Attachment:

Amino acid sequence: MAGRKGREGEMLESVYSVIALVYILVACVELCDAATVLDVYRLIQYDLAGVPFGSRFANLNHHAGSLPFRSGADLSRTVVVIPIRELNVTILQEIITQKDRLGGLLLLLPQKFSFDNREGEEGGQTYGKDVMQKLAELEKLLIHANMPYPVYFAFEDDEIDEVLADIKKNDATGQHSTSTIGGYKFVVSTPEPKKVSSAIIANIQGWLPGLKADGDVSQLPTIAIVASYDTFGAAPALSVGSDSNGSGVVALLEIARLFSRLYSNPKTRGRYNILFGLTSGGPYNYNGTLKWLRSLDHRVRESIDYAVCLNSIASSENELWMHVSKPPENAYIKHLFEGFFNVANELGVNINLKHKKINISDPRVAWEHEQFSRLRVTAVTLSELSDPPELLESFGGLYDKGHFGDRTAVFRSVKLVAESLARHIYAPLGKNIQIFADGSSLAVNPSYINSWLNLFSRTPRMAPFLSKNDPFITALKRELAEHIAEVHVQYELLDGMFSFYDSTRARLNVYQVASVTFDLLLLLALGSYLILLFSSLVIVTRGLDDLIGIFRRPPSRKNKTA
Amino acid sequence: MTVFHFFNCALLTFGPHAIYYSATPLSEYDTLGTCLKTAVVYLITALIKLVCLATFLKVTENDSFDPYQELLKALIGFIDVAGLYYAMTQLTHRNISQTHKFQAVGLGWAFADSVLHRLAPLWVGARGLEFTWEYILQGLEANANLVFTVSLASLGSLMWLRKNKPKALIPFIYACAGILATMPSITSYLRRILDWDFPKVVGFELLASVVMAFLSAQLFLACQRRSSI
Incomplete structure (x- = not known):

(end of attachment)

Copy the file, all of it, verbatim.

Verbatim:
Amino acid sequence: MAGRKGREGEMLESVYSVIALVYILVACVELCDAATVLDVYRLIQYDLAGVPFGSRFANLNHHAGSLPFRSGADLSRTVVVIPIRELNVTILQEIITQKDRLGGLLLLLPQKFSFDNREGEEGGQTYGKDVMQKLAELEKLLIHANMPYPVYFAFEDDEIDEVLADIKKNDATGQHSTSTIGGYKFVVSTPEPKKVSSAIIANIQGWLPGLKADGDVSQLPTIAIVASYDTFGAAPALSVGSDSNGSGVVALLEIARLFSRLYSNPKTRGRYNILFGLTSGGPYNYNGTLKWLRSLDHRVRESIDYAVCLNSIASSENELWMHVSKPPENAYIKHLFEGFFNVANELGVNINLKHKKINISDPRVAWEHEQFSRLRVTAVTLSELSDPPELLESFGGLYDKGHFGDRTAVFRSVKLVAESLARHIYAPLGKNIQIFADGSSLAVNPSYINSWLNLFSRTPRMAPFLSKNDPFITALKRELAEHIAEVHVQYELLDGMFSFYDSTRARLNVYQVASVTFDLLLLLALGSYLILLFSSLVIVTRGLDDLIGIFRRPPSRKNKTA
Amino acid sequence: MTVFHFFNCALLTFGPHAIYYSATPLSEYDTLGTCLKTAVVYLITALIKLVCLATFLKVTENDSFDPYQELLKALIGFIDVAGLYYAMTQLTHRNISQTHKFQAVGLGWAFADSVLHRLAPLWVGARGLEFTWEYILQGLEANANLVFTVSLASLGSLMWLRKNKPKALIPFIYACAGILATMPSITSYLRRILDWDFPKVVGFELLASVVMAFLSAQLFLACQRRSSI
Incomplete structure (x- = not known):